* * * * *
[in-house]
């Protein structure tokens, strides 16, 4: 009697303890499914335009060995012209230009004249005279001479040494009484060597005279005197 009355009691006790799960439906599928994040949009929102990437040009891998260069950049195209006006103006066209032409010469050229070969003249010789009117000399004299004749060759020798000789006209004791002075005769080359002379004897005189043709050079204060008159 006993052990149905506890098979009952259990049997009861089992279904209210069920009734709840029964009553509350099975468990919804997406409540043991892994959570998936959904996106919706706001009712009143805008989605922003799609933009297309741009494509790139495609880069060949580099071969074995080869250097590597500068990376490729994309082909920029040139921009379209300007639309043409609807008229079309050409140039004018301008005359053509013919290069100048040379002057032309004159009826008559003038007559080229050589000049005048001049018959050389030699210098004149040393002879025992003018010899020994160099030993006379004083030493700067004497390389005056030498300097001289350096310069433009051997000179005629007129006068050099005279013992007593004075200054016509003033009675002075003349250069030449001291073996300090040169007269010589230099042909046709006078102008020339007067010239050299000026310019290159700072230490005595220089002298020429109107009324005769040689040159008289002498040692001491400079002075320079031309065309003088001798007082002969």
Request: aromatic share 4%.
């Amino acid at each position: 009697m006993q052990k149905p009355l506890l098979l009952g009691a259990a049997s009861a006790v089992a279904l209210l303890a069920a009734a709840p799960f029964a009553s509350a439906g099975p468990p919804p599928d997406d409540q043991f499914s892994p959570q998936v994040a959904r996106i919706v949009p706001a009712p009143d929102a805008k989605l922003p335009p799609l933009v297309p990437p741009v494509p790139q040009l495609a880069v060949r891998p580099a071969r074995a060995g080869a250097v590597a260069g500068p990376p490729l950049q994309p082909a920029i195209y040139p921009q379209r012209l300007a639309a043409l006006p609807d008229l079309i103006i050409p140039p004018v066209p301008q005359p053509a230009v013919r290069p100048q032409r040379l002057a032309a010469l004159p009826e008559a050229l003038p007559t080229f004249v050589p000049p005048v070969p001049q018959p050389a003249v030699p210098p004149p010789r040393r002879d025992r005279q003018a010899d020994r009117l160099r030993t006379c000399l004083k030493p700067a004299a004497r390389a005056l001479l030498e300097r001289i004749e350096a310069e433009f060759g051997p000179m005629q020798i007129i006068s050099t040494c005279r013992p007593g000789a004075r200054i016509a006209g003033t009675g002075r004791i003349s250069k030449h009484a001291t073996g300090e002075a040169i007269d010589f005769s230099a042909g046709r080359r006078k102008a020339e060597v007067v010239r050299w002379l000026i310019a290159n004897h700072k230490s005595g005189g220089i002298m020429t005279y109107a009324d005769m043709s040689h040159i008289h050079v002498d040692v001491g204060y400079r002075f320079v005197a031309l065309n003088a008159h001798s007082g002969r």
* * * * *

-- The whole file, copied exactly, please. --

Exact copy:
[in-house]
């Protein structure tokens, strides 16, 4: 009697303890499914335009060995012209230009004249005279001479040494009484060597005279005197 009355009691006790799960439906599928994040949009929102990437040009891998260069950049195209006006103006066209032409010469050229070969003249010789009117000399004299004749060759020798000789006209004791002075005769080359002379004897005189043709050079204060008159 006993052990149905506890098979009952259990049997009861089992279904209210069920009734709840029964009553509350099975468990919804997406409540043991892994959570998936959904996106919706706001009712009143805008989605922003799609933009297309741009494509790139495609880069060949580099071969074995080869250097590597500068990376490729994309082909920029040139921009379209300007639309043409609807008229079309050409140039004018301008005359053509013919290069100048040379002057032309004159009826008559003038007559080229050589000049005048001049018959050389030699210098004149040393002879025992003018010899020994160099030993006379004083030493700067004497390389005056030498300097001289350096310069433009051997000179005629007129006068050099005279013992007593004075200054016509003033009675002075003349250069030449001291073996300090040169007269010589230099042909046709006078102008020339007067010239050299000026310019290159700072230490005595220089002298020429109107009324005769040689040159008289002498040692001491400079002075320079031309065309003088001798007082002969």
Request: aromatic share 4%.
């Amino acid at each position: 009697m006993q052990k149905p009355l506890l098979l009952g009691a259990a049997s009861a006790v089992a279904l209210l303890a069920a009734a709840p799960f029964a009553s509350a439906g099975p468990p919804p599928d997406d409540q043991f499914s892994p959570q998936v994040a959904r996106i919706v949009p706001a009712p009143d929102a805008k989605l922003p335009p799609l933009v297309p990437p741009v494509p790139q040009l495609a880069v060949r891998p580099a071969r074995a060995g080869a250097v590597a260069g500068p990376p490729l950049q994309p082909a920029i195209y040139p921009q379209r012209l300007a639309a043409l006006p609807d008229l079309i103006i050409p140039p004018v066209p301008q005359p053509a230009v013919r290069p100048q032409r040379l002057a032309a010469l004159p009826e008559a050229l003038p007559t080229f004249v050589p000049p005048v070969p001049q018959p050389a003249v030699p210098p004149p010789r040393r002879d025992r005279q003018a010899d020994r009117l160099r030993t006379c000399l004083k030493p700067a004299a004497r390389a005056l001479l030498e300097r001289i004749e350096a310069e433009f060759g051997p000179m005629q020798i007129i006068s050099t040494c005279r013992p007593g000789a004075r200054i016509a006209g003033t009675g002075r004791i003349s250069k030449h009484a001291t073996g300090e002075a040169i007269d010589f005769s230099a042909g046709r080359r006078k102008a020339e060597v007067v010239r050299w002379l000026i310019a290159n004897h700072k230490s005595g005189g220089i002298m020429t005279y109107a009324d005769m043709s040689h040159i008289h050079v002498d040692v001491g204060y400079r002075f320079v005197a031309l065309n003088a008159h001798s007082g002969r």